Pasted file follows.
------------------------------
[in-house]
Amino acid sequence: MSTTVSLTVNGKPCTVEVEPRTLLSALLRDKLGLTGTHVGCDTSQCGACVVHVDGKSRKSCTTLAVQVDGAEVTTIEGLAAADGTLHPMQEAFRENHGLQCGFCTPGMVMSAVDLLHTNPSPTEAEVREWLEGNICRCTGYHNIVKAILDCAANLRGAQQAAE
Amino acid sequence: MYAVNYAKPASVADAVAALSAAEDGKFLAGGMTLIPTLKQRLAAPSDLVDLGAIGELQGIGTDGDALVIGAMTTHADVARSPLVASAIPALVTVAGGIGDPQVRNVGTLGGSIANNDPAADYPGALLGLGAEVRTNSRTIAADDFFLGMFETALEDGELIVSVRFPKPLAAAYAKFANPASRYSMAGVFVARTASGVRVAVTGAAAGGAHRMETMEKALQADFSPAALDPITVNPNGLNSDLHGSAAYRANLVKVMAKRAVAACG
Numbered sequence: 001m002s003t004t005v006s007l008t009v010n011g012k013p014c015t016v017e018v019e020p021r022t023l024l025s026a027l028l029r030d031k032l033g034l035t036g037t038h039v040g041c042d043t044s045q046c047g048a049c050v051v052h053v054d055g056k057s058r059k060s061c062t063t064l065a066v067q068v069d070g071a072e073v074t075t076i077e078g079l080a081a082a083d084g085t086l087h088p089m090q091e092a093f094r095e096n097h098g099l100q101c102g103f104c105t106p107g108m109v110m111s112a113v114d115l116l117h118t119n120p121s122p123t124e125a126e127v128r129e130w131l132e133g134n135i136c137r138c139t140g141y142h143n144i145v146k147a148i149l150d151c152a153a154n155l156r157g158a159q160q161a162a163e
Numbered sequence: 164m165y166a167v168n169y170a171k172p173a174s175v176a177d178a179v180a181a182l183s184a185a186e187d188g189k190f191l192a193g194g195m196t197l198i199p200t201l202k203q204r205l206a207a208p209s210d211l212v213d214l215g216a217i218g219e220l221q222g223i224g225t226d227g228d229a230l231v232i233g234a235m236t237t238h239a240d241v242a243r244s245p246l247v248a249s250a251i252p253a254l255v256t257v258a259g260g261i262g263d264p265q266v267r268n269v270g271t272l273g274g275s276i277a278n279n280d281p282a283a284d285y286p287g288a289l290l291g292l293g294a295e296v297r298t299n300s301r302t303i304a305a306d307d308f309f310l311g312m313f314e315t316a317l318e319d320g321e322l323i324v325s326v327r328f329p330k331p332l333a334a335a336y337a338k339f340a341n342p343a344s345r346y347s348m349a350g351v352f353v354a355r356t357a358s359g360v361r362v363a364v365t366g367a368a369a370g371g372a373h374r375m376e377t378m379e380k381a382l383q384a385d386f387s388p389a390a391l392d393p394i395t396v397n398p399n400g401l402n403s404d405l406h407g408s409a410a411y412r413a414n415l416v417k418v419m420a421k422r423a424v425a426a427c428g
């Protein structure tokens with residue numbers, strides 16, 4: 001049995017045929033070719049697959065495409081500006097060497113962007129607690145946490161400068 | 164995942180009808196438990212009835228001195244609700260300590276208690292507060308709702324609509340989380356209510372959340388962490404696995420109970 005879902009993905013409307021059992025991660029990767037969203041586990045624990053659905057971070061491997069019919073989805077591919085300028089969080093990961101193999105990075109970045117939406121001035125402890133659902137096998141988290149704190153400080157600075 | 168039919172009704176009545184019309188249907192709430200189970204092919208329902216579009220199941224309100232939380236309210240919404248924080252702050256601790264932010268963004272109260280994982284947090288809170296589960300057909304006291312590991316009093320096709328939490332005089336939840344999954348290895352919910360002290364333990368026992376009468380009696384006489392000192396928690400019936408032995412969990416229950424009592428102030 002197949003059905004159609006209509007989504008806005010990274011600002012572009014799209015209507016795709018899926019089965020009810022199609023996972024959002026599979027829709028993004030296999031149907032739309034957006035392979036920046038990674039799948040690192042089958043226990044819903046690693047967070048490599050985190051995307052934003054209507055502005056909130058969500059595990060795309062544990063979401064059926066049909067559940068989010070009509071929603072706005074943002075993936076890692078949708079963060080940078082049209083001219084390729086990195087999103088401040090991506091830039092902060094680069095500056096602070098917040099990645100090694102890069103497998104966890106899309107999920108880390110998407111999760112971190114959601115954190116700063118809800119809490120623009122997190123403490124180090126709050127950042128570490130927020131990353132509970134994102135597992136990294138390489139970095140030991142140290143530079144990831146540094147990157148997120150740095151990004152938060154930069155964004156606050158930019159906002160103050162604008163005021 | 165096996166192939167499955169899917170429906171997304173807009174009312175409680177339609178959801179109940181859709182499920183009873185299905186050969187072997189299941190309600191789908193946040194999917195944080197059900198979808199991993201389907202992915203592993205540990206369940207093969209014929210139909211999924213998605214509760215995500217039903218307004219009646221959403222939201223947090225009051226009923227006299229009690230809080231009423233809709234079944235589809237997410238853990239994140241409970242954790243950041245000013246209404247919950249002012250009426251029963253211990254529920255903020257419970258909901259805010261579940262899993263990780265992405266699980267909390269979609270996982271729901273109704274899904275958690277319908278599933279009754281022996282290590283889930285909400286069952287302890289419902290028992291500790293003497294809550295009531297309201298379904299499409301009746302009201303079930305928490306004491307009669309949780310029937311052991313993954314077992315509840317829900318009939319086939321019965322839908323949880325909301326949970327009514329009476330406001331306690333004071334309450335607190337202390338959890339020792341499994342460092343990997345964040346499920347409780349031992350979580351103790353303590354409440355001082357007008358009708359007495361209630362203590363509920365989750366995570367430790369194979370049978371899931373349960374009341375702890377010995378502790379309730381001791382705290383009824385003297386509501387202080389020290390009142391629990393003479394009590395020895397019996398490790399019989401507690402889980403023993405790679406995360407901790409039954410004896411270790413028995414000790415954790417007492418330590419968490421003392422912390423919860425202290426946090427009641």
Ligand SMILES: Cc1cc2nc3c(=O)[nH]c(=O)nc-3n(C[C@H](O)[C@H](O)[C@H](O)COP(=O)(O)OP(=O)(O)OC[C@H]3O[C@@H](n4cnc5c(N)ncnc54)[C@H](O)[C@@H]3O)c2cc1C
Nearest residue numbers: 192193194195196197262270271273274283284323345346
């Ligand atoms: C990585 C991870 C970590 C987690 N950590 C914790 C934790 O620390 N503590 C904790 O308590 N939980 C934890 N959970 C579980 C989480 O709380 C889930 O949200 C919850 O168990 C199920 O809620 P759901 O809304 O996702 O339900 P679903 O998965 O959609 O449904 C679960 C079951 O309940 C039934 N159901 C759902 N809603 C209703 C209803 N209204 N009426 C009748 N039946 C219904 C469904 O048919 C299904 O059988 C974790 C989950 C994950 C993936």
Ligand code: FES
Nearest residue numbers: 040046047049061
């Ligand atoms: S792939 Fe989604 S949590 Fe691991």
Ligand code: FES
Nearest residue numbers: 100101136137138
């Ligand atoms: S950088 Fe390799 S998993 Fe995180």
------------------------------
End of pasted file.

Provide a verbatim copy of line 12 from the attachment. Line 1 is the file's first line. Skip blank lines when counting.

């Ligand atoms: S792939 Fe989604 S949590 Fe691991």